Visitors going to Vietnam must show a valid Vietnam visa before being allowed into the country. That’s easier said than done: compared to getting visas for other Southeast Asian countries, Vietnam is a tougher nut to crack.
The rules and costs vary widely depending on the issuing embassy or consulate. The Vietnamese consulate in Battambang, Cambodia, may charge about US$35 for a single-entry visa with 2-3 days processing, while the Vietnam embassy in Washington, DC, takes up to 7 days and US$90 to do the same thing.
The information presented here may change without prior notice, so double-check with the nearest Vietnamese embassy before applying for your visa.
Three Ways to Get a Vietnam Visa
Most travelers to Vietnam – including American citizens – can apply for a Vietnam visa using three different channels: Vietnamese embassies; online through the e-visa; or written approval letter for a visa upon arrival, which you can get from a travel agency prior to departure.
1) Vietnamese embassies. Go to a nearby Vietnamese embassy prior to travel to secure a visitor’s visa good for 30 days, 60 days, 90 days, six months, or one year.
In the United States, you may apply at the Vietnamese embassy in Washington, DC if you're on the East Coast, or at the Vietnamese consulate in San Francisco if you're on the West Coast.
For contact details on these and other Vietnam embassies, consult this official page for a full list (offsite).
To get a Vietnam tourist visa from your nearest Vietnam embassy or consulate, download the visa form from the local embassy's website and fill it up.
At the Vietnamese Embassy or Consulate in the U.S., you'll be required to present:
Your original passport – valid for six months more after the planned trip, and with vacant pages for the full-page visa stamp
One completed visa application form
A money order, certified check, or Cashier's check payable to the processing mission. The Embassy asks that you call them to ask for the current fees.
Prepaid return envelope, if you want the visa to be returned by mail (use USPS or prepaid return FedEx label)
More details are available on their website: "Visa Application Process", Embassy of Vietnam in Washington, DC.
1) Online for the Vietnam e-visa. Save yourself the long queue – apply for an online-only 30-day Vietnam e-visa. The e-visa option is available to citizens of 46 countries, including United States citizens.
Vietnam e-Visas are valid for the same terms as tourist visas - thirty days' maximum stay or 24 hours' minimum stay, valid for 90 days from date of issue. E-Visa holders can enter through the following points of entry:
Seven sea ports – Ho Chi Minh City (Saigon), Nha Trang, Haiphong, Hon Gai, Da Nang, Quy Nhon and Vung Tau
Five Laos border crossings – Bo Y, Cha Lo, Cau Treo, Lao Bao and Nam Can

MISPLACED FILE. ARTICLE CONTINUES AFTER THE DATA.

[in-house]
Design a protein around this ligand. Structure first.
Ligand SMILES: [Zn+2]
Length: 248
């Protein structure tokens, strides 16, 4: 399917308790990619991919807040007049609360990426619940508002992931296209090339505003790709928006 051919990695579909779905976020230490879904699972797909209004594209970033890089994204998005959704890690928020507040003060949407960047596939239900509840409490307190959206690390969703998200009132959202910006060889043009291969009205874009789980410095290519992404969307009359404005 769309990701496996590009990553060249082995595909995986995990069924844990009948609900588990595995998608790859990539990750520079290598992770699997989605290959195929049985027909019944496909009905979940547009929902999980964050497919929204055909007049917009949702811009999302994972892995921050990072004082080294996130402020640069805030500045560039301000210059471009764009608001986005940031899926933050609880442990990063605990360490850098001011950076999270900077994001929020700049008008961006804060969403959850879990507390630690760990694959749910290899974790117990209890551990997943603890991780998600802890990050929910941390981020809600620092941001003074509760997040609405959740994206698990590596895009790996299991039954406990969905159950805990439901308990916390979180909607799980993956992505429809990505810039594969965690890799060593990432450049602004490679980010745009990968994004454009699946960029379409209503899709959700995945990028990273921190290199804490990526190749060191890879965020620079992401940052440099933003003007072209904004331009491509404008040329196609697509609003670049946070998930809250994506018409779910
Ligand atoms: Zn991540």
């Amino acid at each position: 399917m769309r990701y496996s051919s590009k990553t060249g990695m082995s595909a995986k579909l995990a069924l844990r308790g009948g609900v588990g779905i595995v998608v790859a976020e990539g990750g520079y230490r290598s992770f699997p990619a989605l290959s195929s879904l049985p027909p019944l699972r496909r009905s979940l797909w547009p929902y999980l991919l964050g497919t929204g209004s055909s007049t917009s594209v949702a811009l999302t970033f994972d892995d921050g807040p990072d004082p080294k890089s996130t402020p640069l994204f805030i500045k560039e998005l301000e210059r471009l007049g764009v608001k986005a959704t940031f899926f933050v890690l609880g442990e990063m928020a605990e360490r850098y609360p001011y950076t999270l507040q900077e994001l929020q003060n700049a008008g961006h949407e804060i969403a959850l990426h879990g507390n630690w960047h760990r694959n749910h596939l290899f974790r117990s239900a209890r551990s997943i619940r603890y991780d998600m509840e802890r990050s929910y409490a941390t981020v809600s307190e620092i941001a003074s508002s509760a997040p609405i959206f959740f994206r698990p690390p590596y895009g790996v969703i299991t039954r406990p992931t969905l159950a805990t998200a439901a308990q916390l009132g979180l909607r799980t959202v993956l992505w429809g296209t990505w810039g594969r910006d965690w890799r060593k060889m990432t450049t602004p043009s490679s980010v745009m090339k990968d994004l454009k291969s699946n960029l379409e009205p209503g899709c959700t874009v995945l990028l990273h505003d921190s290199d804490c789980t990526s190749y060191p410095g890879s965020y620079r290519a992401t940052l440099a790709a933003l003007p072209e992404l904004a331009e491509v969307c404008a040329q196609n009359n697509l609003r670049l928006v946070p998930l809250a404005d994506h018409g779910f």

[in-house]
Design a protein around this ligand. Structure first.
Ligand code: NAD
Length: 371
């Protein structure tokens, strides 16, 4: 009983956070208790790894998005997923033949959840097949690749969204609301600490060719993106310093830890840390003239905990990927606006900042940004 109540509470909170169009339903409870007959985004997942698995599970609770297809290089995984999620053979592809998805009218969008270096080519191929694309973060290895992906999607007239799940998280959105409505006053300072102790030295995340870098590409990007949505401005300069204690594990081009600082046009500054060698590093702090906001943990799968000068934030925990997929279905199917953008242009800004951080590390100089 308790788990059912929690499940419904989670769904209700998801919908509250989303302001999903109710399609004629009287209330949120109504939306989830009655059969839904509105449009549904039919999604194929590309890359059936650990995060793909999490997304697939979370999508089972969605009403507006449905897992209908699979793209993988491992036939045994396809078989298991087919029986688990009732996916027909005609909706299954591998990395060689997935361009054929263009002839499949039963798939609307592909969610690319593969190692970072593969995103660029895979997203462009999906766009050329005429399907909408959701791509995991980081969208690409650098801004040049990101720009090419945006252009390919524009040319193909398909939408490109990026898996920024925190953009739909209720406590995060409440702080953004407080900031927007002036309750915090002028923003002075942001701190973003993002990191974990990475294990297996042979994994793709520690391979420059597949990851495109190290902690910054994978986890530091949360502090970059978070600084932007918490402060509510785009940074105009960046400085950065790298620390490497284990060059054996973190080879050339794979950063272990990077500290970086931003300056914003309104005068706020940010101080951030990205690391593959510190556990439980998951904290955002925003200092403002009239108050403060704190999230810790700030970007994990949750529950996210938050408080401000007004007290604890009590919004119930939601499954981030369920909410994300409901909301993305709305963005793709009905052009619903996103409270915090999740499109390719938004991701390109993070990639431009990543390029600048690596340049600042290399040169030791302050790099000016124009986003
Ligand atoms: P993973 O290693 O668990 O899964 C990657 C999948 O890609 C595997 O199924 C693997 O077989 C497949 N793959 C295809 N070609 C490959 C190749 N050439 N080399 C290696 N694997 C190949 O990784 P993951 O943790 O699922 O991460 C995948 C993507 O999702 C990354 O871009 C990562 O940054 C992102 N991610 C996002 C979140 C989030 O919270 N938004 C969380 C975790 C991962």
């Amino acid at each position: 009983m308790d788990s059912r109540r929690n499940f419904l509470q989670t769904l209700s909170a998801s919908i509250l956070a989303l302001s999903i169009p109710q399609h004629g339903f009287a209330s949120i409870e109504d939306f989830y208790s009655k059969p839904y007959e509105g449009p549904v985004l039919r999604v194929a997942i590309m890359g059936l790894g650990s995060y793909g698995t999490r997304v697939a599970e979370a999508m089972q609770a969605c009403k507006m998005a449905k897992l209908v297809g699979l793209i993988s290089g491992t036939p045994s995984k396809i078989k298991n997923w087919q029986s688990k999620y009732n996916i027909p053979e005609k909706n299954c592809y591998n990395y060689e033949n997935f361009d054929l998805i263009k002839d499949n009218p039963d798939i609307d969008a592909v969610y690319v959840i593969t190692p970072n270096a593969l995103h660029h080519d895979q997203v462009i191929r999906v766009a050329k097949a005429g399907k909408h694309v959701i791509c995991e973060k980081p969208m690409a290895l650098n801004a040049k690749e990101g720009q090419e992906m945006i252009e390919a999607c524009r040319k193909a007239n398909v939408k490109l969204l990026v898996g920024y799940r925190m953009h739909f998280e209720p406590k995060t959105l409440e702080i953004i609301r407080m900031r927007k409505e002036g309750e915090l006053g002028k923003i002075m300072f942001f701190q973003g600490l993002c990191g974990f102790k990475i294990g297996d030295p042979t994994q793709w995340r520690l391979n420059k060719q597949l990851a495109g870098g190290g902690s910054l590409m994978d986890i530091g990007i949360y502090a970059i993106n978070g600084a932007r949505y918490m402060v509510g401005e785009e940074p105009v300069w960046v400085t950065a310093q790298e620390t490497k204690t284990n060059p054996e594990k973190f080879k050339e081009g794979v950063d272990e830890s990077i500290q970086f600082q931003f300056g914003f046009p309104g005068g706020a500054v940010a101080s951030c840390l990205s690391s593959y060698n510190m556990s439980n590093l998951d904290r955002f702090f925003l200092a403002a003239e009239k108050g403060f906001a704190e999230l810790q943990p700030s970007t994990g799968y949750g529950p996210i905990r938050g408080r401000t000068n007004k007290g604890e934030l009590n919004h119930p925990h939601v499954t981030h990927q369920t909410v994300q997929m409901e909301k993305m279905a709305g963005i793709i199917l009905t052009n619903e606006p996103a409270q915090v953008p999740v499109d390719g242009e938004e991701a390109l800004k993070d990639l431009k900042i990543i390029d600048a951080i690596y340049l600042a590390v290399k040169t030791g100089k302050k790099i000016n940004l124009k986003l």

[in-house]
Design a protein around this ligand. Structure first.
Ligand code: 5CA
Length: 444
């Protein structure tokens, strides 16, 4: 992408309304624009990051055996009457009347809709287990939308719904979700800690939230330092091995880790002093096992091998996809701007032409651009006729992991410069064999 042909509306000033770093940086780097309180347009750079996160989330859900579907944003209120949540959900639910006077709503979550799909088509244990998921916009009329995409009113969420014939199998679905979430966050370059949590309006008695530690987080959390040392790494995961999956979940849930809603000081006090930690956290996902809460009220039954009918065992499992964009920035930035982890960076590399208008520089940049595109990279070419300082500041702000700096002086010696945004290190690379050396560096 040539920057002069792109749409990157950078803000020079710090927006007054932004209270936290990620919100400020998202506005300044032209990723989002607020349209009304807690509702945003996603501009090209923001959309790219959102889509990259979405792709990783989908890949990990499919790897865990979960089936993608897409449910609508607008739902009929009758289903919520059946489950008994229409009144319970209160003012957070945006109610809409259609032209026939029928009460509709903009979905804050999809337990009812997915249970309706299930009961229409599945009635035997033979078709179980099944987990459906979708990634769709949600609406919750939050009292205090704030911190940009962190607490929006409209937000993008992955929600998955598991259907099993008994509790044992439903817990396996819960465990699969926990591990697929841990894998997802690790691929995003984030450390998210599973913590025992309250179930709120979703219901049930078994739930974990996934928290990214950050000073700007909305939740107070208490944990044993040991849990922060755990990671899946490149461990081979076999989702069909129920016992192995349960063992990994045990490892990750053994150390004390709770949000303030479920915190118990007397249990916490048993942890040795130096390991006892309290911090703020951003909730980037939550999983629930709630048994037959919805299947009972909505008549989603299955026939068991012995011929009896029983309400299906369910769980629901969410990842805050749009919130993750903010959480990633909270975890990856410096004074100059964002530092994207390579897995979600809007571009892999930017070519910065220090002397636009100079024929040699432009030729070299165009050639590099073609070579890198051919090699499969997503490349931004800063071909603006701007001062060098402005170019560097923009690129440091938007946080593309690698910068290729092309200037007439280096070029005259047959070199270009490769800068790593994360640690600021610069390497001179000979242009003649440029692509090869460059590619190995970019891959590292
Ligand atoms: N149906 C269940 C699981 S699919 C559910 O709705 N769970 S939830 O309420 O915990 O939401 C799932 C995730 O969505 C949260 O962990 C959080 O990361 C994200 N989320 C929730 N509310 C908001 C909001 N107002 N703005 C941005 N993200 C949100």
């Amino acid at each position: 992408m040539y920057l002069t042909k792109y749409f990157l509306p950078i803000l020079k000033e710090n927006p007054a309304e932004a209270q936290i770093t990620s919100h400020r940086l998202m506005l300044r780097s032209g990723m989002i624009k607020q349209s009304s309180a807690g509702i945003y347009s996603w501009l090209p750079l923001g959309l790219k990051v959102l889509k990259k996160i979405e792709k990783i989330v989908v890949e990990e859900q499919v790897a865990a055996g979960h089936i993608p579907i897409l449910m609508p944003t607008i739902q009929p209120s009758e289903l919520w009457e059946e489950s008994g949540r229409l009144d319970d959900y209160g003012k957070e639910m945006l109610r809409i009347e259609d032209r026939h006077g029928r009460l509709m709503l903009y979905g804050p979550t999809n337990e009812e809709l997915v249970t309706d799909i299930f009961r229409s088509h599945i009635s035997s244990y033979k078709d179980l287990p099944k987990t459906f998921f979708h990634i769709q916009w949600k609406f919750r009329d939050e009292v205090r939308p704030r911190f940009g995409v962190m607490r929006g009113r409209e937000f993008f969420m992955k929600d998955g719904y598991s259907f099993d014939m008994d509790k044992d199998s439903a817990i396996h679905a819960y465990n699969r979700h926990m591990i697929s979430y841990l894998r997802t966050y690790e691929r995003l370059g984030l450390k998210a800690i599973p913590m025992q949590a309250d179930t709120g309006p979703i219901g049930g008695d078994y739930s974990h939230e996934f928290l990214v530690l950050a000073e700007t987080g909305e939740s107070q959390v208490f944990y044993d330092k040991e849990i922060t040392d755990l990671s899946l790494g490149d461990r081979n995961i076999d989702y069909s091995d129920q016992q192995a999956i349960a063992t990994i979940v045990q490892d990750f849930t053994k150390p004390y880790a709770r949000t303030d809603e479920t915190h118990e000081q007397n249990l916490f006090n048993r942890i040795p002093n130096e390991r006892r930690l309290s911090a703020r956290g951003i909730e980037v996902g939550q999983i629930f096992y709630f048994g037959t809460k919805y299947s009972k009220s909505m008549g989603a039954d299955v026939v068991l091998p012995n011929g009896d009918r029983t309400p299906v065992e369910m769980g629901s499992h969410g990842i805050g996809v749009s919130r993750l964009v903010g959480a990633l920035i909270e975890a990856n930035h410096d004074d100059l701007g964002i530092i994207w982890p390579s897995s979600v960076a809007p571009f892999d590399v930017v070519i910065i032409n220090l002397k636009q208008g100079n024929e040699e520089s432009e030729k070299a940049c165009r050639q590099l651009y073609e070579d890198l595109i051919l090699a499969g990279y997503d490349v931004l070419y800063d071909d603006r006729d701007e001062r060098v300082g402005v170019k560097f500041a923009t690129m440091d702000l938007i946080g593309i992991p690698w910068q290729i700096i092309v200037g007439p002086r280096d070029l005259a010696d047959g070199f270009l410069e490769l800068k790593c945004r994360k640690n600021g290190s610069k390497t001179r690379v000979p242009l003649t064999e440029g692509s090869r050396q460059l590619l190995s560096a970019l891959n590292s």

Five Cambodia border crossings – Ha Tien, Moc Bai, Song Tien, Tinh Bien and Xa Mat
Three China border crossings – Huu Nghi, Lao Cai and Mong Cai
To apply for a Vietnam e-visa , visit the Vietnam e-visa government website (evisa.xuatnhapcanh.gov.vn) where you’ll be asked to upload a scanned image of your passport data page, and a separate head shot. You’ll be sent a registration code (a reference number you can use to check if the visa has been approved) and asked to pay US$25 for the e-visa fee. (The fee is nonrefundable.)
You will not be emailed the resulting approval – you’ll need to visit the site again to check the status of your application using your registration code.
Once your e-visa is approved, print this to present to the immigration authorities when you enter Vietnam.
3) Visa on arrival. A knowledgeable Vietnam travel agency may be able to secure a Vietnam visa on arrival for you at an additional cost, with minimum headache.
Ask a travel agency for a “visa approval letter”. (Check out this article on how to find a travel agent before searching for an agency to help.) You can complete the relevant forms and pay for them online, receiving your visa approval letter in your email inbox a few days later. Print the letter out and present this as proof to the airlines and the visa on arrival folks at the airport.
When you touch down in Vietnam, look for the visa on arrival office, and go there prior to queuing up for immigration. Show your visa approval letter, pay the visa processing fee (in US dollars or Vietnam dong). A visa stamp will be put in your passport after payment.
Vietnam Visa Exemptions
Certain classes of tourists do not need to secure a visa prior to visiting Vietnam.
Citizens from ASEAN countries are permitted to enter without applying for a visa, and other countries have made similar arrangements for their citizens.
Citizens of the following countries may stay, visa-free, for no more than 30 days: Cambodia, Indonesia, Laos, Malaysia, Thailand, Singapore